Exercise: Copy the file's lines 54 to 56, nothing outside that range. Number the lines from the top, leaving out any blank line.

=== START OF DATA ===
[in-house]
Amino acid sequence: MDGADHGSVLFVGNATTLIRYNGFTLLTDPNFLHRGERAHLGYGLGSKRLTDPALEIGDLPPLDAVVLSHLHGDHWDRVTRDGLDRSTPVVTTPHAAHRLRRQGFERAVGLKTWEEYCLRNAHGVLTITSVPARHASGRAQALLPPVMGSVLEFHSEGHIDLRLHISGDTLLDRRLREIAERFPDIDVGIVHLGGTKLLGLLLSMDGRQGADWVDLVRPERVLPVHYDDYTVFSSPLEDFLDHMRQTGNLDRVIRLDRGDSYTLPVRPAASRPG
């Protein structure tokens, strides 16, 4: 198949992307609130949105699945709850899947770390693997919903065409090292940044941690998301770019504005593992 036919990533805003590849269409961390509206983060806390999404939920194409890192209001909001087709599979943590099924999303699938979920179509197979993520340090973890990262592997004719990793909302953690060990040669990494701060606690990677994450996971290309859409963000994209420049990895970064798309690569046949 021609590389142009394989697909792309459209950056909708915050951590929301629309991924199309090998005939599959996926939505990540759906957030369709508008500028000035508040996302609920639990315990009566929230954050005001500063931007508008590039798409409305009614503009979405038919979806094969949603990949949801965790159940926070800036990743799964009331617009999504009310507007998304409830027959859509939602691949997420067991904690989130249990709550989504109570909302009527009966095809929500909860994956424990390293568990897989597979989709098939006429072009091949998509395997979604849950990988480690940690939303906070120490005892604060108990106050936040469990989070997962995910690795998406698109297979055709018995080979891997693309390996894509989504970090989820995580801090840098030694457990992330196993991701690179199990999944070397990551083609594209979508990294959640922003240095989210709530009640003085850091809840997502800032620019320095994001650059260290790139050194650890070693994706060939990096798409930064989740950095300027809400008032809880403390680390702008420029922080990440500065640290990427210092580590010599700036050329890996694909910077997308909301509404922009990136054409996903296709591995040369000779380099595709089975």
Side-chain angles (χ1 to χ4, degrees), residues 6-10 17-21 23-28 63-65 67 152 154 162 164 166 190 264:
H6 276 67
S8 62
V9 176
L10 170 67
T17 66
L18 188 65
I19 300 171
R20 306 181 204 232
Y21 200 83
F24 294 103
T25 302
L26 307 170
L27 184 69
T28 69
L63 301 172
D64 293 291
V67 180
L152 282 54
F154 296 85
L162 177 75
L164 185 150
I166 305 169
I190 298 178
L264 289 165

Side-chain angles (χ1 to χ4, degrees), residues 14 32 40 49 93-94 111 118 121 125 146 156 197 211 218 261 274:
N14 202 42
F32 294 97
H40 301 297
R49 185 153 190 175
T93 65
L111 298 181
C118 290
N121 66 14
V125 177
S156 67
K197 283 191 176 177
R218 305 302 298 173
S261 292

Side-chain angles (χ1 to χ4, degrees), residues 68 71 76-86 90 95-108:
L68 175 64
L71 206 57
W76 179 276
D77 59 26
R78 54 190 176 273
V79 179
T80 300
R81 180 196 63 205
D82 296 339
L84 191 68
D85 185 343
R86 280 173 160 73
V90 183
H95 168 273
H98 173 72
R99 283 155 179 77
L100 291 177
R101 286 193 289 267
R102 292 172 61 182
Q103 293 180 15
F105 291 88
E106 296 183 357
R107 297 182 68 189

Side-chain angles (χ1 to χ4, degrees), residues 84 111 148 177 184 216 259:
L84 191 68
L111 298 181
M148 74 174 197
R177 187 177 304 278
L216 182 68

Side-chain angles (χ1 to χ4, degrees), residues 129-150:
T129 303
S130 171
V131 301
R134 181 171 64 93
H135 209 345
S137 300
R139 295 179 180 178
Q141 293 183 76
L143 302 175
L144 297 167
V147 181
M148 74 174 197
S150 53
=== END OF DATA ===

D85 185 343
R86 280 173 160 73
V90 183